That’s why I ask the initial inquiry in our past dialogue. Does someone repent, point their life towards God, and becomes a Christian (as John the Baptist called for), or does one’s Christianity and salvation begin with repenting and receiving forgiveness in the name of Christ? I would find anyone’s claim of salvation vague without a concept that their repentance and salvation are only meaningful in Christ.

How can we know someone is a Christian, and thus in the body of believers (the church)? They repent in Jesus for the forgiveness of their sins, and they receive the gift of the Spirit. Otherwise, I would not warrant repentance (even if genuine, and by all means it can be and is), the primal factor. Someone is not a Christian because they choose to repent their sins and seek God, but because, as scripture illustrates, they repent and understand the central role Jesus has in their becoming part of the Body.

Theologically Speaking:

Let me throw in some Theological Terms to further understand what makes someone a ‘Christian’:

  1. Justification: is God‘s act of declaring or making a sinner righteous before God. Justification, from the Greek δικαιοω (dikaioō), “to declare/make righteous”, is a Scriptural term, occurring in the books of Romans, Galatians, Titus, and James; the root noun δικαιοσ,-η,-ον righteous occurs throughout both Old and New Testaments.[1] The concept of justification occurs also in many Old and New Testament books. justification is a singular act in which God declares an unrighteous individual to be righteous because of the work of Jesus. Justification is granted on the basis of those who have faith, specifically faith in Jesus as their redeemer and savior.
  2. Sanctification: refers to the act or process of making holy or setting apart (as special) and occurs five times in the Authorized Version of the New Testament (1 Corinthians 1:30, 1 Thessalonians 4:3,4, 2 Thessalonians 2:13, 1 Peter 1:2)
  3. Glorification: Glorification is the completion, the consummation, the perfection, the full realization of salvation. The 3rd stage of christian development is to glorify God through one’s life, to decrease so that He may increase so that as others encounter a living breathing christian who is walking in Glorification, they encounter Christ and perceive His Glory and His presence. This is attainable while living, just as justification and sanctification are attainable while living.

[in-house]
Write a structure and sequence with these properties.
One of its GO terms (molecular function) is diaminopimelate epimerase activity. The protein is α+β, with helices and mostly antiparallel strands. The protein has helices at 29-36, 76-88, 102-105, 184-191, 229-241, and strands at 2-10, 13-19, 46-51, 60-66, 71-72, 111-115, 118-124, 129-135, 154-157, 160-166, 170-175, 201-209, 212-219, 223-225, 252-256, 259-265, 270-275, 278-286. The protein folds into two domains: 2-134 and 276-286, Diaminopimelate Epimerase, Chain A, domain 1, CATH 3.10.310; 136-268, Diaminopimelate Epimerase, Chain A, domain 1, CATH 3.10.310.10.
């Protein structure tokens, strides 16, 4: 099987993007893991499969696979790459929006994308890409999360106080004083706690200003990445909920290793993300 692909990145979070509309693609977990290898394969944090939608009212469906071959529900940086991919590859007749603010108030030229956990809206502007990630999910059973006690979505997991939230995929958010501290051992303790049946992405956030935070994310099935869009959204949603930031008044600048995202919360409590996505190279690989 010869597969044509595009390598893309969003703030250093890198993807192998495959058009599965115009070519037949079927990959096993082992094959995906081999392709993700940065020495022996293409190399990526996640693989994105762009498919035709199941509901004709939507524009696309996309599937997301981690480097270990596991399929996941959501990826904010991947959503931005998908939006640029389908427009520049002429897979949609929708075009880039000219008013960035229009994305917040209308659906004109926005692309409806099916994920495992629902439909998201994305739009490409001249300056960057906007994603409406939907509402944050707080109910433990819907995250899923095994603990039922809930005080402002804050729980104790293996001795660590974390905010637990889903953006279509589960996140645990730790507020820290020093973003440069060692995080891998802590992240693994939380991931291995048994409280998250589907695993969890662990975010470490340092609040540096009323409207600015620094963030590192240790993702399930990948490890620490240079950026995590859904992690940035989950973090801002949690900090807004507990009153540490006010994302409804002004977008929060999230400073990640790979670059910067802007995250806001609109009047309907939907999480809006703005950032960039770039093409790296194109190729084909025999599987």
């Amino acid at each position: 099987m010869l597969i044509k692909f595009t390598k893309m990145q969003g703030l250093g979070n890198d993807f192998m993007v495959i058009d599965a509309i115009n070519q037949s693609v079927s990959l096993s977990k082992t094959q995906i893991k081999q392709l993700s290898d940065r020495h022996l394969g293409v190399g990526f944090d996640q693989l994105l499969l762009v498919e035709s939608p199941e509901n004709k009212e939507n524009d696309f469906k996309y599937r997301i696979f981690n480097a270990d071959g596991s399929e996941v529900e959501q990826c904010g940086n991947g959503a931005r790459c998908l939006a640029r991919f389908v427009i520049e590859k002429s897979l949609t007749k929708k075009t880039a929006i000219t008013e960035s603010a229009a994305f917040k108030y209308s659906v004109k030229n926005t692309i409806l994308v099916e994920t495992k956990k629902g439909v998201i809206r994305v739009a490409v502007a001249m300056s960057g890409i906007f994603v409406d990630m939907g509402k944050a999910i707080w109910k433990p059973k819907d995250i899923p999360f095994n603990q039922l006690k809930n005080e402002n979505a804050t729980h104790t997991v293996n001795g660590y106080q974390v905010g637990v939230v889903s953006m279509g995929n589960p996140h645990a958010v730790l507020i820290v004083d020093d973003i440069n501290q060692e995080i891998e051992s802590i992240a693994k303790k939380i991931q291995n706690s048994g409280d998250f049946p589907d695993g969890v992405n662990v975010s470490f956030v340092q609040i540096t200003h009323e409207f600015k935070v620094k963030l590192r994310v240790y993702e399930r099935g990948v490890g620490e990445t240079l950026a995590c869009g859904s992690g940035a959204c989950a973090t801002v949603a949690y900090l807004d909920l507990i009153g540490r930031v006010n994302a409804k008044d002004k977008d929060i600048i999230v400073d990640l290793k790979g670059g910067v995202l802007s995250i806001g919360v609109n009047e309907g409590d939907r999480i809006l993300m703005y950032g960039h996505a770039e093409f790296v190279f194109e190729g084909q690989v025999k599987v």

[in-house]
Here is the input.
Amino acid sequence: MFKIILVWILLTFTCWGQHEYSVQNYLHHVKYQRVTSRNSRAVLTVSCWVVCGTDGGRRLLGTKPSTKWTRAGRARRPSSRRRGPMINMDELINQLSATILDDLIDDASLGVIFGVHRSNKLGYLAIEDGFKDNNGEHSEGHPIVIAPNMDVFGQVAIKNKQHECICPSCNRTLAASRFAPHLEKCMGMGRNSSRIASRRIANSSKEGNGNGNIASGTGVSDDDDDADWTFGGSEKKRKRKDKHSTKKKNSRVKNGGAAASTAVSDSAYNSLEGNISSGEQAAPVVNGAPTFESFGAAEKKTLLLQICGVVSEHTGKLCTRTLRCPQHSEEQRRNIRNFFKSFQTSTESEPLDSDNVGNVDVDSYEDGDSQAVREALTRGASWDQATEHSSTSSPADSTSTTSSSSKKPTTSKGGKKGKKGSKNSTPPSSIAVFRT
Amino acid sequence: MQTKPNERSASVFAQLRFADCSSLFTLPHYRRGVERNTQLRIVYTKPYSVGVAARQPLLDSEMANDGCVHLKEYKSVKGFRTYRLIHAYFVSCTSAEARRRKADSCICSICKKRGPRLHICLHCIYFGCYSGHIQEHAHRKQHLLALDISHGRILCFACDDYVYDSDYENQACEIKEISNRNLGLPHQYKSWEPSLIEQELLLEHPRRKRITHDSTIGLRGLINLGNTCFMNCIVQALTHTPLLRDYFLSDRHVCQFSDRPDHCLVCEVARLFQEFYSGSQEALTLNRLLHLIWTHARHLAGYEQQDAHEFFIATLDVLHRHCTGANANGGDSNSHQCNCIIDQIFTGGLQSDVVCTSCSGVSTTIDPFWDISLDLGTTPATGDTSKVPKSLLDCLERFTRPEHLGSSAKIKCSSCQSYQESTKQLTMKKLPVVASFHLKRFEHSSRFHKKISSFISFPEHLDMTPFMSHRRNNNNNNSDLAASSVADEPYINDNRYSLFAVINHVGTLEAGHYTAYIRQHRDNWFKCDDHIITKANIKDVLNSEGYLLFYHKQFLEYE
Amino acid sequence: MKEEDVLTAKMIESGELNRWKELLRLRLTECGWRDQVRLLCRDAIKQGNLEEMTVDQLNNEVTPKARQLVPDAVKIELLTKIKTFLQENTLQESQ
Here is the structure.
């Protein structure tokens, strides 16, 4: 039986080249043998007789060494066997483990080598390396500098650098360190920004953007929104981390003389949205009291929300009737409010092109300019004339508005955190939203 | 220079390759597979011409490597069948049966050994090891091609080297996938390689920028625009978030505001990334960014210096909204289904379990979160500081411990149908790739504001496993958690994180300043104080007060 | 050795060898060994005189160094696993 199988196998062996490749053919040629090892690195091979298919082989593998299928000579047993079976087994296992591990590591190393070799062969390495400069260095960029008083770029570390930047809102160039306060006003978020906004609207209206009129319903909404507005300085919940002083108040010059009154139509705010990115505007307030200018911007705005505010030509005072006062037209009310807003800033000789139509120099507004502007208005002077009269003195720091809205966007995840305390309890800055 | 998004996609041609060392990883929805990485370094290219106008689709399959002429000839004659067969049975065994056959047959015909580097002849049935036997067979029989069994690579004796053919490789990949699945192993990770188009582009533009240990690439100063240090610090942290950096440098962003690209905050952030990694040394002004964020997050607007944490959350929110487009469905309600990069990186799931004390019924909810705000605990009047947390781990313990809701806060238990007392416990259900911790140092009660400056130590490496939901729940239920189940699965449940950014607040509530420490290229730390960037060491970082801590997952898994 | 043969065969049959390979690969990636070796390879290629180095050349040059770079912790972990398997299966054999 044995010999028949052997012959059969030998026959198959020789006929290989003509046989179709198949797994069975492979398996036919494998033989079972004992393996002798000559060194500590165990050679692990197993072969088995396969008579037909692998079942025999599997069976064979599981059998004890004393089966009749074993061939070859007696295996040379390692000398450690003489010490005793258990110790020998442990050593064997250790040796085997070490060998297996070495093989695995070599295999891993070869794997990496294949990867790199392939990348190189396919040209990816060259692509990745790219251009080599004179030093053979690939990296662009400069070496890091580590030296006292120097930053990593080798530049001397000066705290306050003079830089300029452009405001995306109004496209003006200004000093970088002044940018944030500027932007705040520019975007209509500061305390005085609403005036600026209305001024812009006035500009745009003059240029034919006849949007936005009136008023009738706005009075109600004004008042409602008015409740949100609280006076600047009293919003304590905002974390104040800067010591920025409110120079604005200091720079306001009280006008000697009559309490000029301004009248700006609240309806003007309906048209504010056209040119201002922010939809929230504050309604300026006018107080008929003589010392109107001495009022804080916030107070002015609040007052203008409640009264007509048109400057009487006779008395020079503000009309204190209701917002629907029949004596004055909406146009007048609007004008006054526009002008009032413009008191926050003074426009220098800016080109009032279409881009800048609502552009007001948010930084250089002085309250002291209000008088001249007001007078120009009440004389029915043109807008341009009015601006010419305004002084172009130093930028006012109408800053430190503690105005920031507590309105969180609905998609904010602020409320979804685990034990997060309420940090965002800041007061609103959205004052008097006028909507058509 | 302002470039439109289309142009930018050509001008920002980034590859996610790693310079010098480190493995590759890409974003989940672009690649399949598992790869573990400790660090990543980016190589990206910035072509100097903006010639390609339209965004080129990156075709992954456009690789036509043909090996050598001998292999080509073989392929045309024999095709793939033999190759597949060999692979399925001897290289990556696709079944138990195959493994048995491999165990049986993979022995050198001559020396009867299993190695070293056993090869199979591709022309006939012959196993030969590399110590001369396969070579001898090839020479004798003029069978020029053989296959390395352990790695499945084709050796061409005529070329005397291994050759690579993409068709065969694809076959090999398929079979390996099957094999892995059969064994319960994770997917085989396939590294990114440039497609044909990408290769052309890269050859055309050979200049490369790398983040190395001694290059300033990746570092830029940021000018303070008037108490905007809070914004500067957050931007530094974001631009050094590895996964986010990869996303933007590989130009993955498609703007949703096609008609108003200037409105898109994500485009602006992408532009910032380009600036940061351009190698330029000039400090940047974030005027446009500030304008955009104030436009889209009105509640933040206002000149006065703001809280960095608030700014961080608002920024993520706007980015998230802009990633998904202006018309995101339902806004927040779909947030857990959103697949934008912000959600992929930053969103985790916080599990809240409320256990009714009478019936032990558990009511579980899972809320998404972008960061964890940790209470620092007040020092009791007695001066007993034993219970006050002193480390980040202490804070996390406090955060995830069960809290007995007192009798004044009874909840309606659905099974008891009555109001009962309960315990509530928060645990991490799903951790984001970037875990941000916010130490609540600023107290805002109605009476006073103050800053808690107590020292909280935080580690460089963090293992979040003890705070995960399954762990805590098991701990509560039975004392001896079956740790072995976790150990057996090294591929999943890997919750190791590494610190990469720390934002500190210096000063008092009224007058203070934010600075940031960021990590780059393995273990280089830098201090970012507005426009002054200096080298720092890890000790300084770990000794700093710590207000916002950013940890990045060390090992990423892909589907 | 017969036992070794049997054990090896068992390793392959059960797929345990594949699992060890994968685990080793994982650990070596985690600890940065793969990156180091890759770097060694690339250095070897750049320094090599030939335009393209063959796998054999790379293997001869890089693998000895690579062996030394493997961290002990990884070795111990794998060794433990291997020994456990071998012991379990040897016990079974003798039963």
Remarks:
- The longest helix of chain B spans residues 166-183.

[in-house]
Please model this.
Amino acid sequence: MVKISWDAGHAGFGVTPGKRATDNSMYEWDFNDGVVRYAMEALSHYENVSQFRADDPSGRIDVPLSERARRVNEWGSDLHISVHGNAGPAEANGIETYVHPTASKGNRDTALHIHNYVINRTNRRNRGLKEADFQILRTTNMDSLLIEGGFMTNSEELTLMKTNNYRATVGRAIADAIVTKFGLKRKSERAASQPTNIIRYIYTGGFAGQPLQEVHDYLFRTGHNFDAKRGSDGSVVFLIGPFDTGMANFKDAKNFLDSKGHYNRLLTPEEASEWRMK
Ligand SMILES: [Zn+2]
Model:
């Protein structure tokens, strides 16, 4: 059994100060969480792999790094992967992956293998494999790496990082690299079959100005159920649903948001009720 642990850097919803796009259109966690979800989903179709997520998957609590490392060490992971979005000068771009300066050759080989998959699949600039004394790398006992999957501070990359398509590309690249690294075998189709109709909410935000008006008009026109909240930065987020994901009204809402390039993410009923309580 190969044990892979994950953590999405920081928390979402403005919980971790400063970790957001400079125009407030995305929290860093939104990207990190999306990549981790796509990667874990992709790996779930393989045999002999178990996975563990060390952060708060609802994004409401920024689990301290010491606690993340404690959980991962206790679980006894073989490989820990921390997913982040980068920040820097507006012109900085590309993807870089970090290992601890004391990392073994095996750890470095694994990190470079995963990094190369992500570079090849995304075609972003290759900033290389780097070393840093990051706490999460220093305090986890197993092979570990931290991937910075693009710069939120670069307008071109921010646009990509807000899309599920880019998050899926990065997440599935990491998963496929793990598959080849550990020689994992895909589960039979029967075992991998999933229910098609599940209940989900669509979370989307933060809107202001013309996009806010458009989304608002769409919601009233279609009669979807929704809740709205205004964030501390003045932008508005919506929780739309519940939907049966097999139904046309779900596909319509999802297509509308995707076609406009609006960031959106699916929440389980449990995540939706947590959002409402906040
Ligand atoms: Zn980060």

The first step for someone to become a Christian, is for them to be Justified. God Justifies us in a single act, which is where Peter tells us to repent & receive baptism, in the name of Jesus. The result of Faith in Jesus as one’s savior and redeemer (expressed in such acts of repenting and being baptized in his name) leads to the gift of Justification (the Gift of Jesus’ Sacrifice). This moment where the Individual repents in the name of Jesus (faith in him as the Savior/Redeemer) is the moment where God justifies the individual, and they thus become Christian. After justification, the individual lives as a Christian and during this lifetime as a Christian they go through the process of Sanctification. Just because a Christian is Justified and going through Sanctification does not mean they are without Sin or Sinless. 1 John confirms to us the sinfulness of our nature. Paul speaks of the wonders of his continued temptation and struggle.

We live a life modeled of Christ, and through emulating Jesus’ lifestyle do we participate positively in this sanctification. We are not glorified (achievement of perfection), until we depart from the material body and enter into communion with God the Father, Jesus the Son, and the Spirit completely in Heaven. It is here where we shed the sinful Body, and through that forgiveness of sins via Jesus, sanctification and guidance from the Spirit, and Justification from God the Father, that we are able to die, go before God as spirit, and achieve the glorification necessary to be with him and his trinity in Heaven.